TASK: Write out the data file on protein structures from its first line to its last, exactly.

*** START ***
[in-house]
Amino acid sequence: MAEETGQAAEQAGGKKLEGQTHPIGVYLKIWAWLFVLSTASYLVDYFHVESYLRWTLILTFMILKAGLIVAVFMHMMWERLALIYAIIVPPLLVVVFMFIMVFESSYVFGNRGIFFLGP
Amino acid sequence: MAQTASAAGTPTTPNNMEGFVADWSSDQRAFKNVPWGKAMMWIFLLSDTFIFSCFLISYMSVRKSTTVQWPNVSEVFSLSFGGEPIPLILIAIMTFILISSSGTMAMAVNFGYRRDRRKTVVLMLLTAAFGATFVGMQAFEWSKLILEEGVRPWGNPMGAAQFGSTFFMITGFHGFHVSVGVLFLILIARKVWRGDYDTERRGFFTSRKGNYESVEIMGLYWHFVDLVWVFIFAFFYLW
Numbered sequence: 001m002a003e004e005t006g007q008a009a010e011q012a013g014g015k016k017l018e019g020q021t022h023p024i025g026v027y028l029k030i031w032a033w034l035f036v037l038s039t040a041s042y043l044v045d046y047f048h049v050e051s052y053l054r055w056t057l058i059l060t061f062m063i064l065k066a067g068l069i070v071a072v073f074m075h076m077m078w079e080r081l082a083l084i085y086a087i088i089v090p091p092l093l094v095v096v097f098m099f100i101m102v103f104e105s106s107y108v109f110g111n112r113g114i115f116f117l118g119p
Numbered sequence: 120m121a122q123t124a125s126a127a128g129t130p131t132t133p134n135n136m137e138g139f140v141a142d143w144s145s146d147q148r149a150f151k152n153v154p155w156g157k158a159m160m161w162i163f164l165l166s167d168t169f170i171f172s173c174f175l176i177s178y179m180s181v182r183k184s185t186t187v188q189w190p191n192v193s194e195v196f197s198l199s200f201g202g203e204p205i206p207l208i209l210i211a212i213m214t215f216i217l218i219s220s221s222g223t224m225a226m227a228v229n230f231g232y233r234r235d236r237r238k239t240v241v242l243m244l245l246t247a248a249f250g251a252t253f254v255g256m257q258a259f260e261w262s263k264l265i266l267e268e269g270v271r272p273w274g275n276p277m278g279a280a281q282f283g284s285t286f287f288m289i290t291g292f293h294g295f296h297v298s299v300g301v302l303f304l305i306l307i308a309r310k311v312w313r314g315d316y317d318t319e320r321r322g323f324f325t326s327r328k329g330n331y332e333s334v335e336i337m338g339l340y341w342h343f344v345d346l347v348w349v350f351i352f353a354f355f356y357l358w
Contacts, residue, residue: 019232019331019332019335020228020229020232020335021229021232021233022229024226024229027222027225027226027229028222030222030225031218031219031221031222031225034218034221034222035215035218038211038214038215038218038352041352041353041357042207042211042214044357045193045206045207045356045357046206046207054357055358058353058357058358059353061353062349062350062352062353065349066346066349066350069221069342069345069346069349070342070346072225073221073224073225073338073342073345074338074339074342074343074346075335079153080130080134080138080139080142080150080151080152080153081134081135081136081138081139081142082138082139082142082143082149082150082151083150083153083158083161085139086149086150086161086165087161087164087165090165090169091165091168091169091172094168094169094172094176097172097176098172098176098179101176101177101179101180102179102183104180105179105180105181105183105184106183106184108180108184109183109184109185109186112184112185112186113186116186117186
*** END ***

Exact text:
[in-house]
Amino acid sequence: MAEETGQAAEQAGGKKLEGQTHPIGVYLKIWAWLFVLSTASYLVDYFHVESYLRWTLILTFMILKAGLIVAVFMHMMWERLALIYAIIVPPLLVVVFMFIMVFESSYVFGNRGIFFLGP
Amino acid sequence: MAQTASAAGTPTTPNNMEGFVADWSSDQRAFKNVPWGKAMMWIFLLSDTFIFSCFLISYMSVRKSTTVQWPNVSEVFSLSFGGEPIPLILIAIMTFILISSSGTMAMAVNFGYRRDRRKTVVLMLLTAAFGATFVGMQAFEWSKLILEEGVRPWGNPMGAAQFGSTFFMITGFHGFHVSVGVLFLILIARKVWRGDYDTERRGFFTSRKGNYESVEIMGLYWHFVDLVWVFIFAFFYLW
Numbered sequence: 001m002a003e004e005t006g007q008a009a010e011q012a013g014g015k016k017l018e019g020q021t022h023p024i025g026v027y028l029k030i031w032a033w034l035f036v037l038s039t040a041s042y043l044v045d046y047f048h049v050e051s052y053l054r055w056t057l058i059l060t061f062m063i064l065k066a067g068l069i070v071a072v073f074m075h076m077m078w079e080r081l082a083l084i085y086a087i088i089v090p091p092l093l094v095v096v097f098m099f100i101m102v103f104e105s106s107y108v109f110g111n112r113g114i115f116f117l118g119p
Numbered sequence: 120m121a122q123t124a125s126a127a128g129t130p131t132t133p134n135n136m137e138g139f140v141a142d143w144s145s146d147q148r149a150f151k152n153v154p155w156g157k158a159m160m161w162i163f164l165l166s167d168t169f170i171f172s173c174f175l176i177s178y179m180s181v182r183k184s185t186t187v188q189w190p191n192v193s194e195v196f197s198l199s200f201g202g203e204p205i206p207l208i209l210i211a212i213m214t215f216i217l218i219s220s221s222g223t224m225a226m227a228v229n230f231g232y233r234r235d236r237r238k239t240v241v242l243m244l245l246t247a248a249f250g251a252t253f254v255g256m257q258a259f260e261w262s263k264l265i266l267e268e269g270v271r272p273w274g275n276p277m278g279a280a281q282f283g284s285t286f287f288m289i290t291g292f293h294g295f296h297v298s299v300g301v302l303f304l305i306l307i308a309r310k311v312w313r314g315d316y317d318t319e320r321r322g323f324f325t326s327r328k329g330n331y332e333s334v335e336i337m338g339l340y341w342h343f344v345d346l347v348w349v350f351i352f353a354f355f356y357l358w
Contacts, residue, residue: 019232019331019332019335020228020229020232020335021229021232021233022229024226024229027222027225027226027229028222030222030225031218031219031221031222031225034218034221034222035215035218038211038214038215038218038352041352041353041357042207042211042214044357045193045206045207045356045357046206046207054357055358058353058357058358059353061353062349062350062352062353065349066346066349066350069221069342069345069346069349070342070346072225073221073224073225073338073342073345074338074339074342074343074346075335079153080130080134080138080139080142080150080151080152080153081134081135081136081138081139081142082138082139082142082143082149082150082151083150083153083158083161085139086149086150086161086165087161087164087165090165090169091165091168091169091172094168094169094172094176097172097176098172098176098179101176101177101179101180102179102183104180105179105180105181105183105184106183106184108180108184109183109184109185109186112184112185112186113186116186117186